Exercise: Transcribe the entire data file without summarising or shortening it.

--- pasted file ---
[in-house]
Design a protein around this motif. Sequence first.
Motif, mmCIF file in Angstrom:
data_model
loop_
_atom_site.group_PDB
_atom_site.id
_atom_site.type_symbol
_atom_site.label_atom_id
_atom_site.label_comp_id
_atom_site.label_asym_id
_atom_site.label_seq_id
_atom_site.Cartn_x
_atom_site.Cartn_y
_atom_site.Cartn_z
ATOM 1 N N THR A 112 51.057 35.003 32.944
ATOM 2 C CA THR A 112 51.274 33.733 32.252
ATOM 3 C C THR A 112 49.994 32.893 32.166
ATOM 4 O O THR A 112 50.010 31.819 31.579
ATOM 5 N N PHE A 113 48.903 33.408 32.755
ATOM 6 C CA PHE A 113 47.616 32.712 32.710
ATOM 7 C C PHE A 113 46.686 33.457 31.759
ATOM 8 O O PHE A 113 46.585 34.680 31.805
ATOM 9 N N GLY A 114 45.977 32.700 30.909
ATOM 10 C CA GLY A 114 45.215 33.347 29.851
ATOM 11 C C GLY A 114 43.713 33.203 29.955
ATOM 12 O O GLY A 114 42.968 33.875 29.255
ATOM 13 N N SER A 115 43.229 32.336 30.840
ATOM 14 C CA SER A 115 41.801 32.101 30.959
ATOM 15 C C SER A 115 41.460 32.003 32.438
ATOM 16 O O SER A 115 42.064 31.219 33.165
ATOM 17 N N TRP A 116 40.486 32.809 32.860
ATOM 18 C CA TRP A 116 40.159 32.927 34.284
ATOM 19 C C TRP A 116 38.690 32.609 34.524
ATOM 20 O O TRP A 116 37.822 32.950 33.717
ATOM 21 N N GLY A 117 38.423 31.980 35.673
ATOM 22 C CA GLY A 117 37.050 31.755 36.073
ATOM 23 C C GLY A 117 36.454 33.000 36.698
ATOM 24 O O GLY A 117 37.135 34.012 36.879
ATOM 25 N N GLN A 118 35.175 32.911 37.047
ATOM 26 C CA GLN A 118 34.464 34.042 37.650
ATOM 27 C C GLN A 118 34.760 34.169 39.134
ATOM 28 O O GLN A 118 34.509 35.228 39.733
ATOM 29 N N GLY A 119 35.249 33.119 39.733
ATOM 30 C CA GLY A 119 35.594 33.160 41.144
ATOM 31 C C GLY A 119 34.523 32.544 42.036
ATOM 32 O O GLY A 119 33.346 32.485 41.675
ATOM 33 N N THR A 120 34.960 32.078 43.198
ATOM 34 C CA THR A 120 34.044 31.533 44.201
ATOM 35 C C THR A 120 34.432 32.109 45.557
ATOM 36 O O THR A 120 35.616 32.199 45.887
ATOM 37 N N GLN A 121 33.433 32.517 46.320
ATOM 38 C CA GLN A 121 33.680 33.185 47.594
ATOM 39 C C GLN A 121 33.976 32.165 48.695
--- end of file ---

[in-house]
Design a protein around this motif. Sequence first.
Motif, mmCIF file in Angstrom:
data_model
loop_
_atom_site.group_PDB
_atom_site.id
_atom_site.type_symbol
_atom_site.label_atom_id
_atom_site.label_comp_id
_atom_site.label_asym_id
_atom_site.label_seq_id
_atom_site.Cartn_x
_atom_site.Cartn_y
_atom_site.Cartn_z
ATOM 1 N N THR A 112 51.057 35.003 32.944
ATOM 2 C CA THR A 112 51.274 33.733 32.252
ATOM 3 C C THR A 112 49.994 32.893 32.166
ATOM 4 O O THR A 112 50.010 31.819 31.579
ATOM 5 N N PHE A 113 48.903 33.408 32.755
ATOM 6 C CA PHE A 113 47.616 32.712 32.710
ATOM 7 C C PHE A 113 46.686 33.457 31.759
ATOM 8 O O PHE A 113 46.585 34.680 31.805
ATOM 9 N N GLY A 114 45.977 32.700 30.909
ATOM 10 C CA GLY A 114 45.215 33.347 29.851
ATOM 11 C C GLY A 114 43.713 33.203 29.955
ATOM 12 O O GLY A 114 42.968 33.875 29.255
ATOM 13 N N SER A 115 43.229 32.336 30.840
ATOM 14 C CA SER A 115 41.801 32.101 30.959
ATOM 15 C C SER A 115 41.460 32.003 32.438
ATOM 16 O O SER A 115 42.064 31.219 33.165
ATOM 17 N N TRP A 116 40.486 32.809 32.860
ATOM 18 C CA TRP A 116 40.159 32.927 34.284
ATOM 19 C C TRP A 116 38.690 32.609 34.524
ATOM 20 O O TRP A 116 37.822 32.950 33.717
ATOM 21 N N GLY A 117 38.423 31.980 35.673
ATOM 22 C CA GLY A 117 37.050 31.755 36.073
ATOM 23 C C GLY A 117 36.454 33.000 36.698
ATOM 24 O O GLY A 117 37.135 34.012 36.879
ATOM 25 N N GLN A 118 35.175 32.911 37.047
ATOM 26 C CA GLN A 118 34.464 34.042 37.650
ATOM 27 C C GLN A 118 34.760 34.169 39.134
ATOM 28 O O GLN A 118 34.509 35.228 39.733
ATOM 29 N N GLY A 119 35.249 33.119 39.733
ATOM 30 C CA GLY A 119 35.594 33.160 41.144
ATOM 31 C C GLY A 119 34.523 32.544 42.036
ATOM 32 O O GLY A 119 33.346 32.485 41.675
ATOM 33 N N THR A 120 34.960 32.078 43.198
ATOM 34 C CA THR A 120 34.044 31.533 44.201
ATOM 35 C C THR A 120 34.432 32.109 45.557
ATOM 36 O O THR A 120 35.616 32.199 45.887
ATOM 37 N N GLN A 121 33.433 32.517 46.320
ATOM 38 C CA GLN A 121 33.680 33.185 47.594
ATOM 39 C C GLN A 121 33.976 32.165 48.695